Over-confidence and gut feelings are too often the stock market trader’s downfall and the 'hot hand' and 'gambler's falacy' are two of the ways they most often get caught out.
Seeing correlations that aren’t there or expecting a reversal in fortune just because you think one is due often lead to unnecessary financial losses.
Investors need to understand that they cannot control outcomes that are random.
The hot hand
The term hot hand, originates from US basketball. It centres on the belief that the chance of hitting a basket is greater following a hit than a miss.
While it might be an appealing thought, the reality is that there is no positive correlation between successive shots. Studies show the hot hand is a misperception of chance in random sequences.
A paper by academics Sundali and Croson (2006) refer to the ‘illusion of control’. This means that people wrongly believe that they can control outcomes that are random.
When applied to stock market investment, a hot hand investor would expect to be rewarded for a new investment decision based principally on the fact that their previous investments were profitable.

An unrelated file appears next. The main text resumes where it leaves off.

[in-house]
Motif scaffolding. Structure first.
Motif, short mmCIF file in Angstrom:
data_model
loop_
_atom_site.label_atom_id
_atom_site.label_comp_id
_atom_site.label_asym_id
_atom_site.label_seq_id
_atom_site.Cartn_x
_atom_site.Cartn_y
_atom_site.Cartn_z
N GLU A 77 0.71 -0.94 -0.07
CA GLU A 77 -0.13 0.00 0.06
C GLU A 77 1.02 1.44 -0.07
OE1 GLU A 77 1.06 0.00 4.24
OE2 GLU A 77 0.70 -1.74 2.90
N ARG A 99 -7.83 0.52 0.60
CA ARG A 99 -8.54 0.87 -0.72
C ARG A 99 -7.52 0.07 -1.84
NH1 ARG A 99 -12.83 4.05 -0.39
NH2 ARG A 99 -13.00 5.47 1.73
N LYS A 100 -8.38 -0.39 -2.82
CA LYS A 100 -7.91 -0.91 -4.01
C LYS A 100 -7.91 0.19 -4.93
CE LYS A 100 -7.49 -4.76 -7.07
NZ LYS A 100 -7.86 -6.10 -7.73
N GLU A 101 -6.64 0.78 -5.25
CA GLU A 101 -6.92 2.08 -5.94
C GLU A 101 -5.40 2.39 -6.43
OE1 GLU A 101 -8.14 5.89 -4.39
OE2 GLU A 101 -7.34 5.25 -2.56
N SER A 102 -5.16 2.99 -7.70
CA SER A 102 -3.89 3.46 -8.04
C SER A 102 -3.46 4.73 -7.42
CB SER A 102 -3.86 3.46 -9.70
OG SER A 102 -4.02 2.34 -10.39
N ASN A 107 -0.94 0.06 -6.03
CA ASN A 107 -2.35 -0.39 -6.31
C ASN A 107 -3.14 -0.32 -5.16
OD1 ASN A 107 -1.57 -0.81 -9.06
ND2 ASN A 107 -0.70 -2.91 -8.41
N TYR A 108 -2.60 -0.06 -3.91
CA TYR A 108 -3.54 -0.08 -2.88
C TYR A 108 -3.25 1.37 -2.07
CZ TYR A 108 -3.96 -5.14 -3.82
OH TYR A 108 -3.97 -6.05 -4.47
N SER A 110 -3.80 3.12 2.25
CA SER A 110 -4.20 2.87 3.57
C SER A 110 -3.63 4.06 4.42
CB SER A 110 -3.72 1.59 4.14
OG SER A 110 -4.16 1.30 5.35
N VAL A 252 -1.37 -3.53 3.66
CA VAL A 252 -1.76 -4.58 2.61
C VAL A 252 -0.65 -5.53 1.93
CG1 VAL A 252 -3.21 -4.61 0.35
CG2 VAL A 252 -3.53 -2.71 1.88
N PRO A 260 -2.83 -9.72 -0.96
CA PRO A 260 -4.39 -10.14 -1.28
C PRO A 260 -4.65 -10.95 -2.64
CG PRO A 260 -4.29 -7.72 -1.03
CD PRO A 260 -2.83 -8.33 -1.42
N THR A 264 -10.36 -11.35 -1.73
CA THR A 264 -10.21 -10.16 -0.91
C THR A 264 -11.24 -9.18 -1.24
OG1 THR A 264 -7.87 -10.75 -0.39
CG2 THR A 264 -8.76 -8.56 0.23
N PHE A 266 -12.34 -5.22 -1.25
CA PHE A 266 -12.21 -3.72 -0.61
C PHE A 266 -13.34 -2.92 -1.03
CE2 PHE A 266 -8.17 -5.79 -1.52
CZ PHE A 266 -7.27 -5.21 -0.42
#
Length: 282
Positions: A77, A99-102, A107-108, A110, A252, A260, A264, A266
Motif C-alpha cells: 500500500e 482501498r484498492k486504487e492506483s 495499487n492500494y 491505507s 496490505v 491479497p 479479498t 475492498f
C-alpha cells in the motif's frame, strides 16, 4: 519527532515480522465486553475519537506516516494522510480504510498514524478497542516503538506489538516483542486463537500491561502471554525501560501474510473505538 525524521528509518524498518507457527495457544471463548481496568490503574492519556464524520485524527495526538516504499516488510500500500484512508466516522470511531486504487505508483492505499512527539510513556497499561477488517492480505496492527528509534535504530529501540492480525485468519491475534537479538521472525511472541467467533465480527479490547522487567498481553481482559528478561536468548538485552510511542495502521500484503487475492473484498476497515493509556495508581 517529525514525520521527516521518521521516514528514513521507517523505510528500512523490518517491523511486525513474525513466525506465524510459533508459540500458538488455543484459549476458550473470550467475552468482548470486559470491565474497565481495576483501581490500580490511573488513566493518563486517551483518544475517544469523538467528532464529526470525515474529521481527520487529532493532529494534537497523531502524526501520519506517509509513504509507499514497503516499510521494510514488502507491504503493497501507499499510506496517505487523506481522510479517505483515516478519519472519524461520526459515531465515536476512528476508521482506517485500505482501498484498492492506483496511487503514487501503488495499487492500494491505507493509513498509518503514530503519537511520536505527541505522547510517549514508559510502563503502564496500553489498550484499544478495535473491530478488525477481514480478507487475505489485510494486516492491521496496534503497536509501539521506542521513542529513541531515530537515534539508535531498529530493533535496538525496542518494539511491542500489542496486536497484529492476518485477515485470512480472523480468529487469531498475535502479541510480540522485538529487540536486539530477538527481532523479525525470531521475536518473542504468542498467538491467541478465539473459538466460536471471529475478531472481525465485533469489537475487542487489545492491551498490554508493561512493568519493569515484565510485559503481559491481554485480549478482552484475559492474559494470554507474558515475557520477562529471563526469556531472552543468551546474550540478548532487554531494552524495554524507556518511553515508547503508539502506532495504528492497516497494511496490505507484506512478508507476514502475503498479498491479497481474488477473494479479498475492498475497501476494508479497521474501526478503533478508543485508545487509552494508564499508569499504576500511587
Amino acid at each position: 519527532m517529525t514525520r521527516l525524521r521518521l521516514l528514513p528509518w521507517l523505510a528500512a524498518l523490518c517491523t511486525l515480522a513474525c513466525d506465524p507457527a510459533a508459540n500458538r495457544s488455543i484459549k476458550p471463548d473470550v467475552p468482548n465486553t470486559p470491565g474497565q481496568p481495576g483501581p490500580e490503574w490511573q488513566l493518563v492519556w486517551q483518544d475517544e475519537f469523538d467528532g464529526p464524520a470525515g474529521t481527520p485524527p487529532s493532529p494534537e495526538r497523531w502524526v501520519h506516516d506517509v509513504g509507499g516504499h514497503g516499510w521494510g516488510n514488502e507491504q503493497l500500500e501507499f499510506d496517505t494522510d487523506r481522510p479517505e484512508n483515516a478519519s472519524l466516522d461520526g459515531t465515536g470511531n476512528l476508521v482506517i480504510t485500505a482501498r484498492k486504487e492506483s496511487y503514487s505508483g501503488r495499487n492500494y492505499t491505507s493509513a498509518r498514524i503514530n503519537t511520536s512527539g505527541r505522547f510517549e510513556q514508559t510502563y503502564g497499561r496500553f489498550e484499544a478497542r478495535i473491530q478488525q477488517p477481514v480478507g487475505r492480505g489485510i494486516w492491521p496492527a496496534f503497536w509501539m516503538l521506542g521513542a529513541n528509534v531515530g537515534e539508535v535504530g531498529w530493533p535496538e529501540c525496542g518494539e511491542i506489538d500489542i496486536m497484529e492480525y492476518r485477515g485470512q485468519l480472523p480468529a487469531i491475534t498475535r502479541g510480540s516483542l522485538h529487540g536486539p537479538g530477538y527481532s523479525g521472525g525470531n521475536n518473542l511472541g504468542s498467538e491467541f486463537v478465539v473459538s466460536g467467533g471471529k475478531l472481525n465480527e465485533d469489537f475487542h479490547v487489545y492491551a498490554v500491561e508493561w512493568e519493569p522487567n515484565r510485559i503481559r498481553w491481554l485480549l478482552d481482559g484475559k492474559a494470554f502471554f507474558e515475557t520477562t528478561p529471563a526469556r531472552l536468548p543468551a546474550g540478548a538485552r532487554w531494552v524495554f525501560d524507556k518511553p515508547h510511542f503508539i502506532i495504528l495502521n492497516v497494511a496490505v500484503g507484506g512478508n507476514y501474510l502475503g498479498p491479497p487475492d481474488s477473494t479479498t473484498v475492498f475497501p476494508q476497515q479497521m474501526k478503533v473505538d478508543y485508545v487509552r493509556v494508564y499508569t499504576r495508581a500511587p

Upping the stakes
Those who believe in the hot hand will often increase their stakes after a series of wins, to reflect the over-confidence they have in their own decision making.
The hot hand theory is all too common amongst investors and is frequently associated with representative heuristics.
In layman’s terms, this is using shortcuts or rules of thumb rather than detailed analysis to make quick decisions. These mental short-cuts can frequently lead to errors or cognitive bias - that is illogical presumptions relating to other people being given too much credibility.
For example, an investor buying or selling a fund principally on the track record of the portfolio manager even though data points to this evidence being highly overvalued. Fundamentally investors are basing their decisions on whether they feel the fund managers are ‘hot’ or not.